For K-12 districts, June 30 marks the end of the fiscal years. Here are 6 strategies to land new business and position your company for the future.
Newcomers to the ed-tech space must learn an important lesson: If you’re not helping teachers, you have little chance of reaching students.
Parents may not always recognize the term social-emotional learning, but educators can connect with them to help students develop important life skills around relationships, decision-making, and self-awareness.
Being forced to do a lot with a little can lead to positive breakthroughs, but it can also lead to a desperation mindset and shortsighted decisions. Don’t repeat the mistakes of many failed entrepreneurs.
Making time for creativity to blossom means new ideas, pivots and disruptions are within an entrepreneur’s grasp.
Being focused on solving one problem in one way doesn’t serve product development well. Company leaders need to be able to pivot, take suggestion and respond to market demands.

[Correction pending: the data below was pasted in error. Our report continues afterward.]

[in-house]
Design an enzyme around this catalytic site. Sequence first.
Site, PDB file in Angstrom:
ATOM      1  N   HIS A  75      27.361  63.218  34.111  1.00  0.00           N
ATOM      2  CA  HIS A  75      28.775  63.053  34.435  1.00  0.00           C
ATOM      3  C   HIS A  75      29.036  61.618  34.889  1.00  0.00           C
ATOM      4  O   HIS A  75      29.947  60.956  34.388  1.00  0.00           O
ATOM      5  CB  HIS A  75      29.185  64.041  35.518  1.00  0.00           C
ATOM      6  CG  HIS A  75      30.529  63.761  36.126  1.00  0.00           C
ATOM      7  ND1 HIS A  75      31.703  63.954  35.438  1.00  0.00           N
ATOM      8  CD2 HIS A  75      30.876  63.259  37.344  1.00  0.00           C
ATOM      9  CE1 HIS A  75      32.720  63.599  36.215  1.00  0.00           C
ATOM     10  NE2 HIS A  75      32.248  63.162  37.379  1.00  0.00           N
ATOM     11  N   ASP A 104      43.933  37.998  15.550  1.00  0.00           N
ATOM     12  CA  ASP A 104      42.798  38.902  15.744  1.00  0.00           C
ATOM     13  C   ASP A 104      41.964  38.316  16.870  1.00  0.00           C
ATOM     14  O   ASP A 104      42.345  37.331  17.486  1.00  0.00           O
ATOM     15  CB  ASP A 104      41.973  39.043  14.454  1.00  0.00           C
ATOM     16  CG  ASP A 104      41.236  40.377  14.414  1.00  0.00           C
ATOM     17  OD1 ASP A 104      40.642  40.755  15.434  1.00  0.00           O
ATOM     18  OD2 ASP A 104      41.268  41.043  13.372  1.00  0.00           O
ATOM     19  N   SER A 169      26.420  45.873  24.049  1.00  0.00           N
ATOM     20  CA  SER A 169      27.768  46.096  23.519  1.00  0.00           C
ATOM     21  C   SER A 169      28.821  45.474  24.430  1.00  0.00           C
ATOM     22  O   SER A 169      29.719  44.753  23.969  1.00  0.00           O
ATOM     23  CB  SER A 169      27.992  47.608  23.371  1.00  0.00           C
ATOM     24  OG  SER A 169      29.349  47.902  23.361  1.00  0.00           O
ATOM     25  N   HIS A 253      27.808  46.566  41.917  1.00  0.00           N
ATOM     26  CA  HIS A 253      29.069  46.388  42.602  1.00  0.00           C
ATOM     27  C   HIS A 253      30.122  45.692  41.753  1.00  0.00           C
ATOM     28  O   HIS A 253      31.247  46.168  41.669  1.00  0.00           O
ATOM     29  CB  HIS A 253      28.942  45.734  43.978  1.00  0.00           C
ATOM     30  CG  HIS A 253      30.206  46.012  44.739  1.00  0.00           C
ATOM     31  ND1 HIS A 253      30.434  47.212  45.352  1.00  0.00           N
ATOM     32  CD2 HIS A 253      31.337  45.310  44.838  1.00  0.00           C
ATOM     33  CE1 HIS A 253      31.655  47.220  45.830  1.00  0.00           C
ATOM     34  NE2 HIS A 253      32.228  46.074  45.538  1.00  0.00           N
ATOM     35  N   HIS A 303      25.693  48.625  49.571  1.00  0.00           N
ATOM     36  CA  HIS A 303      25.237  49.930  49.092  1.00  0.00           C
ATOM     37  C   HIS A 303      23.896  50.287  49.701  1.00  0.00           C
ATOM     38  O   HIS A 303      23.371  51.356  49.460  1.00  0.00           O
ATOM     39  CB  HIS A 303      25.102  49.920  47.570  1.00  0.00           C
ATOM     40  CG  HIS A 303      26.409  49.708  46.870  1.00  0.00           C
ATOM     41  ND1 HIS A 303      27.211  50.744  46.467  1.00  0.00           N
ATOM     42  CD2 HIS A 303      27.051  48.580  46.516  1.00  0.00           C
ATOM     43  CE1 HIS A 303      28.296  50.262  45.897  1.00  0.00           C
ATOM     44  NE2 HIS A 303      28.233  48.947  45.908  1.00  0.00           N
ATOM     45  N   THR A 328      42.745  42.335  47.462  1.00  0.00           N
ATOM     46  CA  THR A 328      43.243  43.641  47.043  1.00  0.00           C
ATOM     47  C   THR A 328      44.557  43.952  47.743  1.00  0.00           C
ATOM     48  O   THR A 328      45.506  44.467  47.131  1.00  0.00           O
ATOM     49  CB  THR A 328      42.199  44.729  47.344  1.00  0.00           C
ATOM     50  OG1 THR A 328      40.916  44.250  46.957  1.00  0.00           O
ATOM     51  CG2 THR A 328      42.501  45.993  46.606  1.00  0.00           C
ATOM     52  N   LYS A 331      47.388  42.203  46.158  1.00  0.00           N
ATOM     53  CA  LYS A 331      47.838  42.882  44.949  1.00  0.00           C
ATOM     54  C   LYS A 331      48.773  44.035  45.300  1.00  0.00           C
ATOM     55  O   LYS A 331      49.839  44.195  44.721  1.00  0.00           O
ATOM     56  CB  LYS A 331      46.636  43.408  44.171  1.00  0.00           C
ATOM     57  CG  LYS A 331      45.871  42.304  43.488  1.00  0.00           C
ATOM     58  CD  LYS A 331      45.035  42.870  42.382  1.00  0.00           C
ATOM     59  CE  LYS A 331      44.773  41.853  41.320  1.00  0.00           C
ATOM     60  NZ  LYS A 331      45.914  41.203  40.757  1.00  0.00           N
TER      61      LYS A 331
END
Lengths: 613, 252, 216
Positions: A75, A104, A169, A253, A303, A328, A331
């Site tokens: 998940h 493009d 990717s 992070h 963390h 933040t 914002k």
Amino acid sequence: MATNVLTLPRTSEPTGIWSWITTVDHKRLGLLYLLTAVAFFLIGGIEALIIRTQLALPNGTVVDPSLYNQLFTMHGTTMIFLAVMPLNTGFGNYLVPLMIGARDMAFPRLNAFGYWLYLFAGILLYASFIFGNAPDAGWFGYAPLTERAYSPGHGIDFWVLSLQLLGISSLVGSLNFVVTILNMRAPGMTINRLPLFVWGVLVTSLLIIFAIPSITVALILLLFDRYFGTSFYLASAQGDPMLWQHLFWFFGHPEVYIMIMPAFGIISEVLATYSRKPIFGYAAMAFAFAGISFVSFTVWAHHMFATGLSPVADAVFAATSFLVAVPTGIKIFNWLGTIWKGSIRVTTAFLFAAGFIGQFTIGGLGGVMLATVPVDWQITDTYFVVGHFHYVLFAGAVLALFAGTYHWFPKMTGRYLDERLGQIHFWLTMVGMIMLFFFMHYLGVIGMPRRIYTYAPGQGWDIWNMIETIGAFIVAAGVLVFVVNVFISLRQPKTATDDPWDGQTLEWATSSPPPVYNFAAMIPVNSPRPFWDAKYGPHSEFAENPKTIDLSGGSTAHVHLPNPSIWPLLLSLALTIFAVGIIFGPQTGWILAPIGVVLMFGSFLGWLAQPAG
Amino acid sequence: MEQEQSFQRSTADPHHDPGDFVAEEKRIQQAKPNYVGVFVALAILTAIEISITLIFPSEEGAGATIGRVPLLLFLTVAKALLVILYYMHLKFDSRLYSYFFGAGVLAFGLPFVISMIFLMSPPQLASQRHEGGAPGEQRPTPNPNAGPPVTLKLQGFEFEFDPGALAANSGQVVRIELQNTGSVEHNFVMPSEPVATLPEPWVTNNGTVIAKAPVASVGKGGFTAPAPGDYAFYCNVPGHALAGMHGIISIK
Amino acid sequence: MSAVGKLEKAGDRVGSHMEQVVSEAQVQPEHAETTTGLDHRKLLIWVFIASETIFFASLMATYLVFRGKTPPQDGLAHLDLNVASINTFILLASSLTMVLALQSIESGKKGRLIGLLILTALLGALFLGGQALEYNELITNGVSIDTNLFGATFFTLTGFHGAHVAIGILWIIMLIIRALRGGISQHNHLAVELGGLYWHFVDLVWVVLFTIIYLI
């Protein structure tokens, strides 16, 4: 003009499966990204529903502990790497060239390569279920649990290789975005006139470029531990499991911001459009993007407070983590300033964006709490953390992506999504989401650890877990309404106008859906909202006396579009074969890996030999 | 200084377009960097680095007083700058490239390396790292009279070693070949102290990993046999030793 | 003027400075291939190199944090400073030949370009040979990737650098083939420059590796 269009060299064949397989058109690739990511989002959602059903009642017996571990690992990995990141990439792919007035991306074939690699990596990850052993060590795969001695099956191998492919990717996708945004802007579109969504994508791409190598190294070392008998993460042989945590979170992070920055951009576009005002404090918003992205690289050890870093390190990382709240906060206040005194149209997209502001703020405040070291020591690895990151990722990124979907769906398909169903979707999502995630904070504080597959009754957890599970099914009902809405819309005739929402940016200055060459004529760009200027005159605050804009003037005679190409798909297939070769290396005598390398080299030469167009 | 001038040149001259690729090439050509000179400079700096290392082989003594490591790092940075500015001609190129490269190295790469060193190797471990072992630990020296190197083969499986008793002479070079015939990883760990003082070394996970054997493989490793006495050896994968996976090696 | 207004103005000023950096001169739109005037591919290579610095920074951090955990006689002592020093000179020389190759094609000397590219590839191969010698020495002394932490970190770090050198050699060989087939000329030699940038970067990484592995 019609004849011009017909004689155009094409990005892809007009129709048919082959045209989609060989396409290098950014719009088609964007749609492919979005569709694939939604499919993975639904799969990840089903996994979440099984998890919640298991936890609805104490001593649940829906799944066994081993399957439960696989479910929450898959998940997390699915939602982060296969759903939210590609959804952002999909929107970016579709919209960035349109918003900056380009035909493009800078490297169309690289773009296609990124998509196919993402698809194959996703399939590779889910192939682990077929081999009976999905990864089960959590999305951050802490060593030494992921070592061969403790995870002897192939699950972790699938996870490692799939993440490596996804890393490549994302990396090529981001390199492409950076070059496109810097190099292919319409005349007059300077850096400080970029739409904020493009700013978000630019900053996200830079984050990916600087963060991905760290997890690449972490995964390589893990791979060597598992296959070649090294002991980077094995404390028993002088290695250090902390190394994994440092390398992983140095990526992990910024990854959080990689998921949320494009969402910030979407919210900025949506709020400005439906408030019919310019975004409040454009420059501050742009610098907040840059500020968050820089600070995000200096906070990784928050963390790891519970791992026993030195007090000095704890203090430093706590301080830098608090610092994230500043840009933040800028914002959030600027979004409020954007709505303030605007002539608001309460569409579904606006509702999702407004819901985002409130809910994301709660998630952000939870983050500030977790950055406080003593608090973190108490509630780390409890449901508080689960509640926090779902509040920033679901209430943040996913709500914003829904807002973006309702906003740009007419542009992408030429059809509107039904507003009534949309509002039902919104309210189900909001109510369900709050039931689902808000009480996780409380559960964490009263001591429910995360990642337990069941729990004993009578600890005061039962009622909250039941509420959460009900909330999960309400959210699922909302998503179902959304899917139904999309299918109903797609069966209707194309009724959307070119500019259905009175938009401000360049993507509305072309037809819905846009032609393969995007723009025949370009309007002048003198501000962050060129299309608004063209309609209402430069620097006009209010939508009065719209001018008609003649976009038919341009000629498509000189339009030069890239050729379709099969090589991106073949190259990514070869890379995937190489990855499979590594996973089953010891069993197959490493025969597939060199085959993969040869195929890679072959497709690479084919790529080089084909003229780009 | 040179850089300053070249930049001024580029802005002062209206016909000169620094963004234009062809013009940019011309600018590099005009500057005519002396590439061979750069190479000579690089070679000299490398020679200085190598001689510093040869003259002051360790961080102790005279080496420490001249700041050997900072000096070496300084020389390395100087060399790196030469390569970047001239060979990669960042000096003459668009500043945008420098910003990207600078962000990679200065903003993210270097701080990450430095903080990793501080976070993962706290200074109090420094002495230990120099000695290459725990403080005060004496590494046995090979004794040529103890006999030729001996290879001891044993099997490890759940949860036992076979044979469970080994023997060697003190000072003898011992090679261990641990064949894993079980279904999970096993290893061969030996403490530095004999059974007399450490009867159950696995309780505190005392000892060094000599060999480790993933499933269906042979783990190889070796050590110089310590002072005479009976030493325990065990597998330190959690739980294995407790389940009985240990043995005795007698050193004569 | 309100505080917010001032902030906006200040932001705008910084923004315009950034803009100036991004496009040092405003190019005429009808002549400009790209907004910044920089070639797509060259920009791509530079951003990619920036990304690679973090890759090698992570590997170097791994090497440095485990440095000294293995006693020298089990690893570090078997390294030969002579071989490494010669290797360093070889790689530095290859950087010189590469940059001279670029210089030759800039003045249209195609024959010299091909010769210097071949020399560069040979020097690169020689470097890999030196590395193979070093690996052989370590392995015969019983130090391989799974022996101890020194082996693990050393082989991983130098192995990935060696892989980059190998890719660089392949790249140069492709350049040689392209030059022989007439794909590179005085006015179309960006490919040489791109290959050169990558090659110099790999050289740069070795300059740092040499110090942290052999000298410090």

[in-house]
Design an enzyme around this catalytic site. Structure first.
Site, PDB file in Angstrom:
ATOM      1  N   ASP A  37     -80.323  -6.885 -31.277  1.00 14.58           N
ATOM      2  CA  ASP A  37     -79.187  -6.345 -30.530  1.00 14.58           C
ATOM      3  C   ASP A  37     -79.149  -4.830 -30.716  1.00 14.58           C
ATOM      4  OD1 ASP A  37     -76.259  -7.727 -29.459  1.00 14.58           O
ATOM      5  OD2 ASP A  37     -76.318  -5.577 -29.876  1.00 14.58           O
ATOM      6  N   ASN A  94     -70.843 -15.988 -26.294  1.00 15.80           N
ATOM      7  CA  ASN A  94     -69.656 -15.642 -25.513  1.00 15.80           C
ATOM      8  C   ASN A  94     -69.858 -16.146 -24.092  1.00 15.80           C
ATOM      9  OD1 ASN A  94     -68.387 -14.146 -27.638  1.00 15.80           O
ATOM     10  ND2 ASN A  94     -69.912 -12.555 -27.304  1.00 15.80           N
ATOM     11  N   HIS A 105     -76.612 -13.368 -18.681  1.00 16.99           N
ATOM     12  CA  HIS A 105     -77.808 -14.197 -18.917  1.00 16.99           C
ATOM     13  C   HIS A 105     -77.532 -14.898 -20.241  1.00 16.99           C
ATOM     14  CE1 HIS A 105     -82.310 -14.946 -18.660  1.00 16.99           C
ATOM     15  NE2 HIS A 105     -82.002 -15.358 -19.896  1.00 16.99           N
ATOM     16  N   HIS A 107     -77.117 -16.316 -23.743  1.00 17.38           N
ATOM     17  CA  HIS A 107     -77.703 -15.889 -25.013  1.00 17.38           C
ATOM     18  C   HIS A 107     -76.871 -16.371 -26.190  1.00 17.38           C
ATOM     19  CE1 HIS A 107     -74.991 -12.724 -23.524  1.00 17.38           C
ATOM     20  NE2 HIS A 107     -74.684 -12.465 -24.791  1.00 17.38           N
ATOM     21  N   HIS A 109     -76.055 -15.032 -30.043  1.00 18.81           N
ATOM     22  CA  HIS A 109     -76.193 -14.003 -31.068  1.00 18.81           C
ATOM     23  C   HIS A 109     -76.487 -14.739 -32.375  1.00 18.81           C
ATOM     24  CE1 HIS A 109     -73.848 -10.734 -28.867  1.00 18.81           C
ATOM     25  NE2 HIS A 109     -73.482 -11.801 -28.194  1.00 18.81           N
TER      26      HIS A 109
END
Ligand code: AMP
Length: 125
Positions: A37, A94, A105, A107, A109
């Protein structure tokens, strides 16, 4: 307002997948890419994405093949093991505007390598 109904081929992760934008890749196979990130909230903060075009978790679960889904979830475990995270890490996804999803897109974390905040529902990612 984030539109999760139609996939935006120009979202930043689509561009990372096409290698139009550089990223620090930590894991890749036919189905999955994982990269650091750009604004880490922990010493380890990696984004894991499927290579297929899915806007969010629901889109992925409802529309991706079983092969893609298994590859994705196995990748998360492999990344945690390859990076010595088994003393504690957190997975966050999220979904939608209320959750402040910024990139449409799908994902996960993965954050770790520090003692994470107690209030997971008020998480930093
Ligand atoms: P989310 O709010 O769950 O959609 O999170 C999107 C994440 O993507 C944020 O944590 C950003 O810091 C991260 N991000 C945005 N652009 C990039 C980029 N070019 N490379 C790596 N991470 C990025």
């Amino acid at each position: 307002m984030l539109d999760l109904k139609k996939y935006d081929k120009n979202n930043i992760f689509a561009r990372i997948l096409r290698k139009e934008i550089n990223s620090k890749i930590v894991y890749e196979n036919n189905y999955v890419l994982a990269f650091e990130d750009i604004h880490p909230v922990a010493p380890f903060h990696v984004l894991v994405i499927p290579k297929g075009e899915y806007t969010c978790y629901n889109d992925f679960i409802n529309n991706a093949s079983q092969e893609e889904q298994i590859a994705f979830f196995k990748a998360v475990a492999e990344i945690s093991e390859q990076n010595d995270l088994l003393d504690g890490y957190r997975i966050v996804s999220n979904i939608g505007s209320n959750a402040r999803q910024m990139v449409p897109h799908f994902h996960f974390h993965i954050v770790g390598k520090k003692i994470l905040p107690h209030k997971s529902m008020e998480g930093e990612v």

Skills for settling differences–and handling the feelings around conflict–in the classroom are essential to create healthy learning environments for students.
What happens when a startup pivots into the education space, but the founder isn’t from the K-12 world? Two years of self-education, iteration and relationship-building.
Even after many years of hitting the educational conference circuit, manning the booth gives startups a direct connection to product users.
This CEO says to take advantage of all the opportunities at conferences this season, including the type of socializing and networking found at SXSWedu.